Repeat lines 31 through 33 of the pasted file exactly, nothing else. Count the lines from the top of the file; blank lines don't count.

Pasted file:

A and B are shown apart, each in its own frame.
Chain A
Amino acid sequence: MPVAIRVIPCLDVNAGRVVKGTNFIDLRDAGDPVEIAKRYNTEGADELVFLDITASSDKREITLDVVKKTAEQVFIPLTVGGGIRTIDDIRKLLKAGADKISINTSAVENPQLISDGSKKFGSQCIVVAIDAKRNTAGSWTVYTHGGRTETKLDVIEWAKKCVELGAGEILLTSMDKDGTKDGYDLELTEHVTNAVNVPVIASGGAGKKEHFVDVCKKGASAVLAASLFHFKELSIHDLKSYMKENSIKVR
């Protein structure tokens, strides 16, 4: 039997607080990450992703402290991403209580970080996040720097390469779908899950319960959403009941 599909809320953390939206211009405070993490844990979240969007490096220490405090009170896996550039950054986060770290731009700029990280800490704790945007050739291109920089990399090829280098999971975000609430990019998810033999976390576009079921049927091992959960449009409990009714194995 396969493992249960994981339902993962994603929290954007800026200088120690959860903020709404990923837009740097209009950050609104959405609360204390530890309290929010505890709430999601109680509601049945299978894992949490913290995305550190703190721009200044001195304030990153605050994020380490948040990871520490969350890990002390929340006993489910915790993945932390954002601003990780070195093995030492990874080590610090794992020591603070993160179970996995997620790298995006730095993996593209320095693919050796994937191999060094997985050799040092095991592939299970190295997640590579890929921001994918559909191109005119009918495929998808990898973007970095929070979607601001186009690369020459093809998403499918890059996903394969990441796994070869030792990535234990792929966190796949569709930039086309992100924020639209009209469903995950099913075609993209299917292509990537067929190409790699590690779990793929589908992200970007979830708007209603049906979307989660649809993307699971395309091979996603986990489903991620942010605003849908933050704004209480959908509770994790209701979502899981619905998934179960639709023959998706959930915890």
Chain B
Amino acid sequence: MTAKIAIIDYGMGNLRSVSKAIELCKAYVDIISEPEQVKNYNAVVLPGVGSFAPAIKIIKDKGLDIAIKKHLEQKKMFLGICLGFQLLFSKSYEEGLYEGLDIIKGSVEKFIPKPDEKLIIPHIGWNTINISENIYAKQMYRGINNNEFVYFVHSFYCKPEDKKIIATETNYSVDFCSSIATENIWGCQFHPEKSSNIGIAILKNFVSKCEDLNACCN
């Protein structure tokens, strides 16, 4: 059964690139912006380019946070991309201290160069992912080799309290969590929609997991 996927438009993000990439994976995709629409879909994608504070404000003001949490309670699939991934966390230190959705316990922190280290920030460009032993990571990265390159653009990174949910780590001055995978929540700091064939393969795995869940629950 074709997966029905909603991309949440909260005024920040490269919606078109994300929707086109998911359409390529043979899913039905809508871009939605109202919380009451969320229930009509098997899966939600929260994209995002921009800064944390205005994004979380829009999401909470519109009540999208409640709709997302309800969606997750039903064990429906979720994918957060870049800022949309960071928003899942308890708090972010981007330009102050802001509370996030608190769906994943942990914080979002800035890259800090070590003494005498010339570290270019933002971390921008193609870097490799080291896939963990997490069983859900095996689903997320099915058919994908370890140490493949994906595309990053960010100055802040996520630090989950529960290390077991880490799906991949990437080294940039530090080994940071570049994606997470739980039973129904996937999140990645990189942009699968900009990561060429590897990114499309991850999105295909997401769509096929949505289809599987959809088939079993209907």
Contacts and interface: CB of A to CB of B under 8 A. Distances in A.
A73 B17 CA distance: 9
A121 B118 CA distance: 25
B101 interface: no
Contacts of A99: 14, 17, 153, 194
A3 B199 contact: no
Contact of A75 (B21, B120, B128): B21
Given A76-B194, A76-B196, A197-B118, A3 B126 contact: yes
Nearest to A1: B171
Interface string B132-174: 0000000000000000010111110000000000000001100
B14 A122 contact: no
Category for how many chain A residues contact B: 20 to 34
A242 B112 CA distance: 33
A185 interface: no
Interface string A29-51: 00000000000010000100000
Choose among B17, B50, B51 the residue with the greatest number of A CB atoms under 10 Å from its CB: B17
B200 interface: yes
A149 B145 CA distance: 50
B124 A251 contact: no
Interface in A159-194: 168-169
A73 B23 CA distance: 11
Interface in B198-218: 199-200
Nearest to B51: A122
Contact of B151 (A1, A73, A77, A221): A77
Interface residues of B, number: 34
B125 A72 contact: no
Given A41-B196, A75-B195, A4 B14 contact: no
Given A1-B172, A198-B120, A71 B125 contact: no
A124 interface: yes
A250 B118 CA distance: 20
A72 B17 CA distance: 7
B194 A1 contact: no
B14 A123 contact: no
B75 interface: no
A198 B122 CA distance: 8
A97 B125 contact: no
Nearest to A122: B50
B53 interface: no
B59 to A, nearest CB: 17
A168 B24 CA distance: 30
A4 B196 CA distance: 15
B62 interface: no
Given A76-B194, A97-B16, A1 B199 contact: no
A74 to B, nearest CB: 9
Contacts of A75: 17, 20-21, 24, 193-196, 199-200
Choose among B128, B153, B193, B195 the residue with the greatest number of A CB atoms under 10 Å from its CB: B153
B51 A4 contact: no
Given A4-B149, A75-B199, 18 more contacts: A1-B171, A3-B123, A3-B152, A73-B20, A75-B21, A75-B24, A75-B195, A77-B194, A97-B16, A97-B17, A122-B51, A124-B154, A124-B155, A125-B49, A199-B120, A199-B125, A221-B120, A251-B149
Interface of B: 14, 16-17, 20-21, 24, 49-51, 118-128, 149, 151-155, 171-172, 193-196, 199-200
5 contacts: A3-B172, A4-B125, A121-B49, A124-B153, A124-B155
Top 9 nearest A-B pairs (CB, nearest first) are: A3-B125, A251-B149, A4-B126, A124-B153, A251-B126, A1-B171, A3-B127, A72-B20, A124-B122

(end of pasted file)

Contact of B151 (A1, A73, A77, A221): A77
Interface residues of B, number: 34
B125 A72 contact: no